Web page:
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Moving slum dwellers is good, or is it?

HÀ NỘI — Although pleased to know his house will be relocated from the filthy slum along the Đôi Canal in HCM City’s District 8, Huỳnh Văn Quý is worried he won’t be able to afford a new home.

The house that Quý has been living in for the last 60 years is about 16m long. With half of it supported by frail wood columns anchored in the canal, the house shakes vigorously during heavy rainfall and whenever a motorboat passes, according to the 77-year-old resident.

Despite the risks involved in such habitation, low-income residents like Quý are both pleased and anxious about being moved. “It’s such a relief that we will get rid of the stinky wastewater and garbage and risks of disease,” he told the Tiền Phong (Vanguard) newspaper. “But I don’t know if we will be able to rent an apartment once we’ve moved away.”

A slum along the Đôi Canal in District 8 of HCM City.
A slum along the Đôi Canal in District 8 of HCM City.

Some 20,000 households are set to be relocated from slums along canals and rivers in districts 4, 7 and 8 by 2025, the newspaper reported. The relocation process will be divided into two phases, 2016-20 and 2020-25.

Lack of funds has been blamed for the slow relocation progress. The plans require about VNĐ30.8 trillion (US$1.37 billion) while the current budget is only VNĐ2.1 trillion ($93 million), according to the city’s planning and investment department.

Resident Nguyễn Văn Bằng of District 8, whose house is located on the Đôi Canal, is worried about losing his livelihood of selling electronic parts if he moves away. “I will lose all the scrap dealers that I trade with since they all live around here,” he said. “We will probably go back to our hometown if it’s compulsory that we move away from the canal.”

While the decision to “tidy up and freshen up” the city is a positive one, said economic expert Lê Bá Chí Nhân, the task of relocating such a large number of households raises several issues that need to be addressed.

Residents care most about maintaining livelihoods and sending their children to school, which is the reason why the majority are cautious about moving away from the places they’ve been living for years, he said.

“The task of developing and connecting infrastructure and traffic systems for these 20,000 households is also a tough nut to crack,” he added. “They should be provided with medical and community values in order not to return to their old way of living.”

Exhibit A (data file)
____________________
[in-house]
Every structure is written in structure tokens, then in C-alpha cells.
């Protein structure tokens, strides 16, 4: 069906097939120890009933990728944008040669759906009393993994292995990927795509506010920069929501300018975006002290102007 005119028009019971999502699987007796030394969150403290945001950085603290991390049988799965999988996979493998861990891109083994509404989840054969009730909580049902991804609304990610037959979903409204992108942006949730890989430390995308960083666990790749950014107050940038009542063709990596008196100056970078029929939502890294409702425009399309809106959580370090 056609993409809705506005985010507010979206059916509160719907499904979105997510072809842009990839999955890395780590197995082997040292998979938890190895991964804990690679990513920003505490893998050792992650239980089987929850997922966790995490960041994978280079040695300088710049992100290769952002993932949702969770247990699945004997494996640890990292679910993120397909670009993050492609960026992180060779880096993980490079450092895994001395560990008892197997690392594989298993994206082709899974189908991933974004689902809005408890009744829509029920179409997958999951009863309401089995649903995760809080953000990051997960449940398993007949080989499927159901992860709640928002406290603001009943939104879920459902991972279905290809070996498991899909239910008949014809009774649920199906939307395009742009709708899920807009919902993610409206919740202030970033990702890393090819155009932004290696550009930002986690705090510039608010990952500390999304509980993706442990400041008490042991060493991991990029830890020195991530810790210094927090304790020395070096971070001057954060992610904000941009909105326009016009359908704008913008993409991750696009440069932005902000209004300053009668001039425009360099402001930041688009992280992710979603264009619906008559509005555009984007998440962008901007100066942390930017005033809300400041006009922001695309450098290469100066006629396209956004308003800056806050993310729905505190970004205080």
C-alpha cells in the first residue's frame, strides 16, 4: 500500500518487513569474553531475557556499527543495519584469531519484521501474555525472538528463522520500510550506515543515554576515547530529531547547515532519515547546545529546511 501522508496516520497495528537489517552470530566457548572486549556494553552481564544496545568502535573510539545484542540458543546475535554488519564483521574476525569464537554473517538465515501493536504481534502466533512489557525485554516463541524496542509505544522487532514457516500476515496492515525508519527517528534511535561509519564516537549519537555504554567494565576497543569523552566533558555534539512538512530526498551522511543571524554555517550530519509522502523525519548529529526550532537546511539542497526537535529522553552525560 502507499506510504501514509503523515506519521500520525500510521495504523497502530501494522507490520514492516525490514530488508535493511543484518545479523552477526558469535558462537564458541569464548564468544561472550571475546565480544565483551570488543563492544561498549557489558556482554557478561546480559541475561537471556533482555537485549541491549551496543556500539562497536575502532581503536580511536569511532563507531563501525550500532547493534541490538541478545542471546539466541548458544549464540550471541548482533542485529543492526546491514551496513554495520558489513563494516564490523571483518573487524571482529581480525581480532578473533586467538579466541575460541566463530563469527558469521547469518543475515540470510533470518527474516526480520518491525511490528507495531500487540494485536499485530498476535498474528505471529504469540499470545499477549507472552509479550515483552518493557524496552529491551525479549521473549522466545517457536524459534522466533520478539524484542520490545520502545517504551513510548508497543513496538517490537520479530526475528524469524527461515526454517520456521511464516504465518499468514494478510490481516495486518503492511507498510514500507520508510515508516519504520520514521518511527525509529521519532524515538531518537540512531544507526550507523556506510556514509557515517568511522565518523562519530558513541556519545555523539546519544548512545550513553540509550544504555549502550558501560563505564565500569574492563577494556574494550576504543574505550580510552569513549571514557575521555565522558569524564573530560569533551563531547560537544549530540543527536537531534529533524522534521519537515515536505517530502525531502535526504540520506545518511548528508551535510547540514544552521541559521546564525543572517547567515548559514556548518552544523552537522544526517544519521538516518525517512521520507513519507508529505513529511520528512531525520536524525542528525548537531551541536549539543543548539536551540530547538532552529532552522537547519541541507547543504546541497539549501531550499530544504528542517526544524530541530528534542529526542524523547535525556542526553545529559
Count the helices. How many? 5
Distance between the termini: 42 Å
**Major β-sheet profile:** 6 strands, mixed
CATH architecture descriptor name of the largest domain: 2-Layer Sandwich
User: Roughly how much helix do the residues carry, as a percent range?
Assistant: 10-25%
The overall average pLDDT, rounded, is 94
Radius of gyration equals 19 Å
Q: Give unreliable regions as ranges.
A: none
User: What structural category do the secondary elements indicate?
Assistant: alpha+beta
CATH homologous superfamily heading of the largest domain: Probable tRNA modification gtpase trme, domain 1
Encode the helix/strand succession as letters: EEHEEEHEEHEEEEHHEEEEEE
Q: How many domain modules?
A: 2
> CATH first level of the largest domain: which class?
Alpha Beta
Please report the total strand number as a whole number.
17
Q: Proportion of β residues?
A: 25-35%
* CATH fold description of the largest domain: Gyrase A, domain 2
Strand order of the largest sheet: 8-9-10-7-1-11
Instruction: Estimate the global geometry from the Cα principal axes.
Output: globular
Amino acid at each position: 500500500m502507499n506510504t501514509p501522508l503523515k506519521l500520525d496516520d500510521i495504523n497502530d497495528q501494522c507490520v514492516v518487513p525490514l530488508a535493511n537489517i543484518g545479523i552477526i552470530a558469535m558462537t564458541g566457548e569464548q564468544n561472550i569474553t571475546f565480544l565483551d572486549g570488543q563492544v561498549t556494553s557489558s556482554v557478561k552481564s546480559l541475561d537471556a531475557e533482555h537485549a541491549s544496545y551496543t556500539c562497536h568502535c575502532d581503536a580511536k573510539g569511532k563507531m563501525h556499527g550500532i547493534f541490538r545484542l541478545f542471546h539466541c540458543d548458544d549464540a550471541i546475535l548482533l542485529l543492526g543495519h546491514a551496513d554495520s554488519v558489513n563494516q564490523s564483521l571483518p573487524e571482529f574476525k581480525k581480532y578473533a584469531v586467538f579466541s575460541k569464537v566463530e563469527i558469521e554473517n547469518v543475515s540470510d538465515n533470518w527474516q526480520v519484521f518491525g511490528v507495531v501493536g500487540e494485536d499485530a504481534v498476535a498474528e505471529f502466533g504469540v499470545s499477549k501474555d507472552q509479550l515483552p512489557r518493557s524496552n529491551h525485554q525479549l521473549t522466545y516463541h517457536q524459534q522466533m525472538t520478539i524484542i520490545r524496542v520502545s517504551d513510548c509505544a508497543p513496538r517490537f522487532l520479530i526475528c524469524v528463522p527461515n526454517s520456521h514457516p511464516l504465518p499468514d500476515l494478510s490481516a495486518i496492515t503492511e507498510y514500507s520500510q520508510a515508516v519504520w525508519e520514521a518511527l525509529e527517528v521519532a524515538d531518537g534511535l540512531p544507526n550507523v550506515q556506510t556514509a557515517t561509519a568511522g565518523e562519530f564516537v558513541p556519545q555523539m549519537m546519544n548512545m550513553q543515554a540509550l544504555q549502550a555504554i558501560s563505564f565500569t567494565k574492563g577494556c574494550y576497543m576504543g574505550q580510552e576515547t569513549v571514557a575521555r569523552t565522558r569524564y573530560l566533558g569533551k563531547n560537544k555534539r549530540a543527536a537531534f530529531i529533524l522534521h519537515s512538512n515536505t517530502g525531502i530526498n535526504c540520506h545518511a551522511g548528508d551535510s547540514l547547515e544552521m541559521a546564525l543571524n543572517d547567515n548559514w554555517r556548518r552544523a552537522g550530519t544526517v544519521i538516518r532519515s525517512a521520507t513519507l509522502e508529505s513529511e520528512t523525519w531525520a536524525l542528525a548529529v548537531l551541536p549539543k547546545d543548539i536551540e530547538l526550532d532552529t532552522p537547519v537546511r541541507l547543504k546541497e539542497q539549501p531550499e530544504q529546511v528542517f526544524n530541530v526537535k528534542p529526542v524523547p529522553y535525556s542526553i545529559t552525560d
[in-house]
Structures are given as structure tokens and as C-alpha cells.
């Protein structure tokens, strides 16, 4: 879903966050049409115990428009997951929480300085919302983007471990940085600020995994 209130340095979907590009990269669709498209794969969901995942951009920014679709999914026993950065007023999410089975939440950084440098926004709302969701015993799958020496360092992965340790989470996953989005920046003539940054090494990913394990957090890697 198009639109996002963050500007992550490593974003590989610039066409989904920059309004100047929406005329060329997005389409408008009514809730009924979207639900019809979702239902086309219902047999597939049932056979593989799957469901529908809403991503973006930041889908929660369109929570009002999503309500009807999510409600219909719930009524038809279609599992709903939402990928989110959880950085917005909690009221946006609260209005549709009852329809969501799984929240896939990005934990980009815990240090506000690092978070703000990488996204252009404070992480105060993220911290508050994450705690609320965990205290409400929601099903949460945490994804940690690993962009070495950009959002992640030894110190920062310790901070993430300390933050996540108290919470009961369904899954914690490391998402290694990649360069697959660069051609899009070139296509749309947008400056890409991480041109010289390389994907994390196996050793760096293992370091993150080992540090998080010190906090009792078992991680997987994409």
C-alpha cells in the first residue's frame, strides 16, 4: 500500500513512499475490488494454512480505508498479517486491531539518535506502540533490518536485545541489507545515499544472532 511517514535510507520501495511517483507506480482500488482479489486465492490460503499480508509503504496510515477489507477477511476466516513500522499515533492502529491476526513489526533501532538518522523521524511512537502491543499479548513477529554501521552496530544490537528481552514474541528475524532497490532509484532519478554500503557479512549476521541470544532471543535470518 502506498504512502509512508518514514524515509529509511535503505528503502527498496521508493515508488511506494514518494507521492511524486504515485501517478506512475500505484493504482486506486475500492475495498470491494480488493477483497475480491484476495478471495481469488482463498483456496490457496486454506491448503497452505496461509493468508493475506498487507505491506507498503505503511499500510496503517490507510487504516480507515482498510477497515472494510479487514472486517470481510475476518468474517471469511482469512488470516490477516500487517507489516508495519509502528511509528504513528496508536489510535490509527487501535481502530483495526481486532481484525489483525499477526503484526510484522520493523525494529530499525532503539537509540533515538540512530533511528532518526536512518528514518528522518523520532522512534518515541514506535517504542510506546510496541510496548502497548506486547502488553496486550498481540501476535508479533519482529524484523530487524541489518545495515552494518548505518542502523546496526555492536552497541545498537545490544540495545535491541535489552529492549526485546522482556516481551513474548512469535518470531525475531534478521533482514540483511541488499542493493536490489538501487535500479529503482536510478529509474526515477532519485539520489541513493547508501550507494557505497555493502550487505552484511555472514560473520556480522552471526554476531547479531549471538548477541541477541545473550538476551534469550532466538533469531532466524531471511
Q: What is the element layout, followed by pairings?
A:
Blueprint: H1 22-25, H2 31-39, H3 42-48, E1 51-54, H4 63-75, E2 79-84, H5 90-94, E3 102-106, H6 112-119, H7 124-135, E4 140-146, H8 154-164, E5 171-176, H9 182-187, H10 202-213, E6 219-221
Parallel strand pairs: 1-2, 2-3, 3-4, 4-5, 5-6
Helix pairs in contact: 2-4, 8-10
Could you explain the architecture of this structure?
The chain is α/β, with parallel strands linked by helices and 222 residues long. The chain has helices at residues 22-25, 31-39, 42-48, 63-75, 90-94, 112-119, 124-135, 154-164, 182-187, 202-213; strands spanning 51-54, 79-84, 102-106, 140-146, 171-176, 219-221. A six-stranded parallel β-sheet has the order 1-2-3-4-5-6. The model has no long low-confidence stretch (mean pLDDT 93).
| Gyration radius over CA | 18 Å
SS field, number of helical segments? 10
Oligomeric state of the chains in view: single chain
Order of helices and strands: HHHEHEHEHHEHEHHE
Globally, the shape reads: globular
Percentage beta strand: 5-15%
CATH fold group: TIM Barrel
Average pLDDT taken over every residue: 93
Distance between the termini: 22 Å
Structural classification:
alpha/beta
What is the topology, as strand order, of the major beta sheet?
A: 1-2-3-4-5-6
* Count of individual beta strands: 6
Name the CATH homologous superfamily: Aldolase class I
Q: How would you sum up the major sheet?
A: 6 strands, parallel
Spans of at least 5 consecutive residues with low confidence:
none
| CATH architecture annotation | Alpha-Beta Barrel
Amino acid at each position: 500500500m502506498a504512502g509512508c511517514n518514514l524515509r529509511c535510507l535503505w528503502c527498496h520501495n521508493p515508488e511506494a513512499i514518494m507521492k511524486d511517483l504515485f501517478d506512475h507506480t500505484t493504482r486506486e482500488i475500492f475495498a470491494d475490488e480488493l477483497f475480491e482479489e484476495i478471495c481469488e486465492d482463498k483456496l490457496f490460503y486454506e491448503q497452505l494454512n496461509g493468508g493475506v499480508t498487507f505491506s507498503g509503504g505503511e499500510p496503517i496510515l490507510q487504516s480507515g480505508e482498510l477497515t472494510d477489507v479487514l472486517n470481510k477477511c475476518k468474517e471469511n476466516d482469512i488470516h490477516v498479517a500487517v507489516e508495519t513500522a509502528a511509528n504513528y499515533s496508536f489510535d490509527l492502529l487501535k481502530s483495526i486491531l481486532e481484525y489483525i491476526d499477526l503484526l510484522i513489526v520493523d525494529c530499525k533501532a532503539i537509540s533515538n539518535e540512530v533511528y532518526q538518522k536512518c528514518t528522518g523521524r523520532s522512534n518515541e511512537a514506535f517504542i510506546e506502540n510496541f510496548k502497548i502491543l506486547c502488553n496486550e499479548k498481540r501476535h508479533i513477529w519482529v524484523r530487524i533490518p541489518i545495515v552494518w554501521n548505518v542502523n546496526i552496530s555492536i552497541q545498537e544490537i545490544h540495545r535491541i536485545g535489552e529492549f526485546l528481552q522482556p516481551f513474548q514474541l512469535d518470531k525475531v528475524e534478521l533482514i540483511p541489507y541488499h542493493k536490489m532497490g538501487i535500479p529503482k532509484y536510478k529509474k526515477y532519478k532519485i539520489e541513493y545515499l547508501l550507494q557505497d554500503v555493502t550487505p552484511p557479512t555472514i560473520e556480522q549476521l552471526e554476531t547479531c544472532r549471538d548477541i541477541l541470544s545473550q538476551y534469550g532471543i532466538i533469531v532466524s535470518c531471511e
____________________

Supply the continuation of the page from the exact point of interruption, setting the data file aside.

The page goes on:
Whether and how to sell apartments to these residents must also be studied carefully since they are mostly low-income labourers, Nhân added. He suggested the city consider construction of apartment complexes for residents in exchange for public lands to contractors.

A dilemma

A similar relocation project was carried out for slum dwellers near the Ụ Cây Canal in Ward 10 of District 8 in 2010.

For the past seven years, these residents haven’t been able to stablise their lives in the social housing complexes of An Sương in District 12 and Tân Mỹ in District 7 to which they were relocated.

Trương Thị Hương, 48, a bread vendor in the Tân Mỹ complex, said she has lost business since moving there. “I had a steady income back then though little, going around selling bread in District 8,” she said. “This place is nice, but I’ve got virtually no one to sell bread to since there are too few residents here.”

“I often go back to my old place to sell bread there during the day and only come home at night to sleep,” she added.

Unable to secure an apartment in the An Sương complex in 2010, Nguyễn Văn Lình, 57, has been renting one for the past seven years. Having an unstable job and rising rents have landed Lình hundreds of million đồng in debts. “I can’t buy the apartment in installments even if I want to, since the authorities said I have to pay off all my debts before even thinking of buying it,” he said.

“There’s no way I will be able to pay off the debts, let alone putting in some VNĐ10 million ($440) each month to buy the apartment,” he said.